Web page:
Is Harvey Weinstein the final straw for sexual harassment?

Lessons we're learning from people coming forward

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Photo illustration by Josh Granovsky
Sexual harassment is something that’s sadly been somewhat normalized in our culture —catcalling, sexist comments and inappropriate touching is engrained and often overlooked in society.
 
Over the past few weeks we’ve been shown just how prevalent this behaviour is, in Hollywood, and in our own lives.
 
The sexual harassment case against Harvey Weinstein seems to be growing exponentially, and has led to a wave of assault accusations. 
 
While people are only speaking out now, stories of the Weinstein Company founder calling young actresses into his hotel room where he badgered them to perform and engage in intimate acts have been surfacing for years. 
 
According to The New Yorker, various publications have been trying to uncover this for years, but struggled with an initial lack of people willing to come forward and talk openly about Weinstein because of his power in the industry. 
 
The new investigation — that took 10 months to compile — was finally released in the New York Times on Oct. 5 documenting the several people who have recently come forward. Actresses like Ashely Judd, Angelina Jolie, and Gwyneth Paltrow have all spoken up about the open secret in Hollywood. 
 
This open secret has been alluded to in several jokes and comments that have been made at past award shows, TV shows and red carpet interviews. In 2005, Courtney Love gave the advice to young actresses that “if Harvey Weinstein invites you to a party at the Four Seasons, don’t go.” Seth MacFarlane joked at the 2013 Oscars, saying, “congratulations, you five women no longer need to pretend to be attracted to Harvey Weinstein.”
 
Rose McGowan is one of more than 30 women who have come forward accusing Weinstein of sexual harassment, assault or rape since the 1990s. 
 
McGowan has been very vocal, calling out Ben Affleck for inertly knowing about Weinstein and James Corden for making jokes about the case. She accepted a settlement from Weinstein 21 years ago after she was allegedly raped, and declared she was threatened to be blacklisted if she spoke about it. 
 
McGowan’s Charmed co-star Alyssa Milano renewed the hashtag #MeToo on Oct. 15, tweeting, “If everyone who has ever been sexually assaulted or harassed posted #MeToo to Twitter we might get a sense of the magnitude of the problem.” The hashtag quickly started trending and was used more than 500,000 times in the first 24 hours. 
 
This case against Weinstein along with Milano’s tweet has encouraged other sexual assault and harassment allegations against people like Andy Signore from Defy Media. 
After the release of the Harvey Weinstein cases, Emma Bowers came forward about Signore, tweeting, “So [yeah], it’s not just Weinstein. I wish I fought more, wish I’d screen-capped his messages, but I was young, scared, and dumb. So I didn’t.” 
 
I think it’s important to learn from Bowers and understand the need to stand together so that people like Weinstein and Signore can no longer hide behind their power .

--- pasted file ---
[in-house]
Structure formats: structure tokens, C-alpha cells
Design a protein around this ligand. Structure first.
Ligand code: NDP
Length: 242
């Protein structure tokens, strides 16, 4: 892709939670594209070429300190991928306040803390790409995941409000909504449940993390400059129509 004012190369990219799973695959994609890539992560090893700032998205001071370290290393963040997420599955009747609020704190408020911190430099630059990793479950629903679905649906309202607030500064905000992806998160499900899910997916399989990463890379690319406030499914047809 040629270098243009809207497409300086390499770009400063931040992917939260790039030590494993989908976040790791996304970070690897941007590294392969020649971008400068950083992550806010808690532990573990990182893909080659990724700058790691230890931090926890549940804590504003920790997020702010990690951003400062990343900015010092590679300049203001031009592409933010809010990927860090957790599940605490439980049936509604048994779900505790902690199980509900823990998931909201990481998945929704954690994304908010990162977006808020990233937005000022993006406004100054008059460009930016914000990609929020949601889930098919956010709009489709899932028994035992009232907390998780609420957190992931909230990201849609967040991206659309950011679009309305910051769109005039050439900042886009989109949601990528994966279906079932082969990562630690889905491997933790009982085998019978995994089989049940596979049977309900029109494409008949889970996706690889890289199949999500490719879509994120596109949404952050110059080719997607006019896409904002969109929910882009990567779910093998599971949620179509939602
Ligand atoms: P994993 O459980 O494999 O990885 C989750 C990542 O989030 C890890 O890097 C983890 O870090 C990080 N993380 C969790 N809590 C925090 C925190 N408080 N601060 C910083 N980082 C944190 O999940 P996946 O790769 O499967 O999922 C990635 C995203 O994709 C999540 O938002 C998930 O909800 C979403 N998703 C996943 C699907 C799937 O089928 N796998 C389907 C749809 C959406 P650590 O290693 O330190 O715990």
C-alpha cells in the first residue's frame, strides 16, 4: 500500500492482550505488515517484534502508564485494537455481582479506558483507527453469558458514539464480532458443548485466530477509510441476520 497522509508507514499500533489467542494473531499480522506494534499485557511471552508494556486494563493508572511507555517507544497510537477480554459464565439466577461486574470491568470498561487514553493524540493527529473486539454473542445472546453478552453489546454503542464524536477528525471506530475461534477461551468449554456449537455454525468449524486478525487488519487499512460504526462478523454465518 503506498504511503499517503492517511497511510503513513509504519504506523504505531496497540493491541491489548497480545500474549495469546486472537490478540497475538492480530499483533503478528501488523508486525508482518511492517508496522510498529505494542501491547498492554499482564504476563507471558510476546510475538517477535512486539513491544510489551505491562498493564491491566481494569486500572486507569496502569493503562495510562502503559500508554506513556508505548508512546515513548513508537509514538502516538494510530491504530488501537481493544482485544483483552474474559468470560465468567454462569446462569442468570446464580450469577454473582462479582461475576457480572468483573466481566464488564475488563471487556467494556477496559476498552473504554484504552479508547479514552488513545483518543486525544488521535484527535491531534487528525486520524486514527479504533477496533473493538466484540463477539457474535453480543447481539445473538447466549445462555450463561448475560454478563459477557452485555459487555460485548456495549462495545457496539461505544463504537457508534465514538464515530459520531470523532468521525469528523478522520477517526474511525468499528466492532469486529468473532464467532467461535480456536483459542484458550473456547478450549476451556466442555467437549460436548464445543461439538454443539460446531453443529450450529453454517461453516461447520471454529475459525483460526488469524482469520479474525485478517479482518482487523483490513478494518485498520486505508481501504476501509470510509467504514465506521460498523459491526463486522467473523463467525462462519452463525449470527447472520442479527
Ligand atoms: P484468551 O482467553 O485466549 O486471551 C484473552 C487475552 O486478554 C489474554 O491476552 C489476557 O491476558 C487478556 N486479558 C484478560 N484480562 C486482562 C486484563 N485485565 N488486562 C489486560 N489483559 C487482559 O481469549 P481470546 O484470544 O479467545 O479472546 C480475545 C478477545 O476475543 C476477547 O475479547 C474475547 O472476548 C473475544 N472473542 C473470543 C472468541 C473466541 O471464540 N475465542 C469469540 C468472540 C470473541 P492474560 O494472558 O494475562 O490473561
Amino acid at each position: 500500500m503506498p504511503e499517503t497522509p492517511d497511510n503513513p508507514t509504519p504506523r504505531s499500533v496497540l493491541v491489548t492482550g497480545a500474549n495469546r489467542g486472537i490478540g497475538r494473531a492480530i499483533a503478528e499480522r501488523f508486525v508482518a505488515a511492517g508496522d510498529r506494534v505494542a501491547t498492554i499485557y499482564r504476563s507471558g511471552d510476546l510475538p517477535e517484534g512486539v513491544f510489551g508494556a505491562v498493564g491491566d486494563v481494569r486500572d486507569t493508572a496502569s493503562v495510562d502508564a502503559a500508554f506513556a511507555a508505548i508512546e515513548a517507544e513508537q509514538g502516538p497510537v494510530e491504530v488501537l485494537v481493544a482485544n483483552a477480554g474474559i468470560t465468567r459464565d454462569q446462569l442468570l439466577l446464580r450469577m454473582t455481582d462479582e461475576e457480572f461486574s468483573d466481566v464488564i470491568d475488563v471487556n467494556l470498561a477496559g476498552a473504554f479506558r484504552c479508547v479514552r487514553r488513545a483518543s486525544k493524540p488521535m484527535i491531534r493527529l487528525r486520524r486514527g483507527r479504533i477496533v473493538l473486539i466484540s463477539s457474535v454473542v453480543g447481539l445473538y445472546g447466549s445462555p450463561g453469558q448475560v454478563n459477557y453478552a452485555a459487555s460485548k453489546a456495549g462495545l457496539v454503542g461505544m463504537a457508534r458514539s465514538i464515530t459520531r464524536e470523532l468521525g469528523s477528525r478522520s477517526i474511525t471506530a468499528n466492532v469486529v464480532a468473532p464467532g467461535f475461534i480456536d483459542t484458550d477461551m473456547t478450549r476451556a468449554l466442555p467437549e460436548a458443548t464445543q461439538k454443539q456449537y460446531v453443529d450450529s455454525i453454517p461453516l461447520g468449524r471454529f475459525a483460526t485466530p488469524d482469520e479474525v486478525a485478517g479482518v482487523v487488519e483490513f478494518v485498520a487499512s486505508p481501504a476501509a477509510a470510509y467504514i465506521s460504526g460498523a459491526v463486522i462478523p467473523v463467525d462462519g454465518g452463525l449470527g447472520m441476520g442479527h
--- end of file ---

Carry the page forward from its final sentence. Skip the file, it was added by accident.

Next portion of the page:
Additionally, Brooklyn Nine-Nine actor Terry Crews has spoken about a sexual harassment that he’s suffered and how he was afraid to come forward because of how it would look as a male. Allegations like this show the problem isn’t just restricted to women, and can happen to anyone. 
 
Many have been asking why so few people have come forward until now, but we’ve seen time and time again that there’s strength and safety in numbers. How many times have we seen someone come forward about sexual harassment or assault, just to have people say they’re lying or doing it for attention? These allegations and the #MeToo campaign show us the numbers and magnitude of the problem. It gives us the chance to take the next step and hold people like Weinstein accountable for their actions.
 
This exact campaign was launched 10 years ago by activist Tanara Burke but unfortunately failed to gain momentum until taken on by Milano thanks to her large following on Twitter. Social media gives us the power to connect with others. It’s important that we don’t take this tool for granted and we don’t waste this opportunity to challenge and break down the status quo. 
 
Seeing Harvey Weinstein, someone who was a major supporter for Hillary Clinton (who was extremely vocal about the need for consequences for sexual harassment) and someone who is incredibly powerful in Hollywood, be forced to take responsibility for his actions, is, I think, going to be the start of so much more. With the help of social media and the support of such high profile figures, I think we, as a society, will start to understand that we’ve been normalizing these actions for far too long. 
 
Although it’s so incredible that people are coming forward, still some are refraining from naming their perpetrators. The only way we’re going to truly make a difference is if we continue to support the victims and survivors and hold accountable those who perform these inexcusable actions. 
 
With the progression of the #MeToo campaign, the many exposures and efforts of solidarity we’re currently seeing in the media, we’re hopefully getting closer to seeing the downfall of this system of abuse and the “Weinstein’s” of the world finally brought to justice.
 

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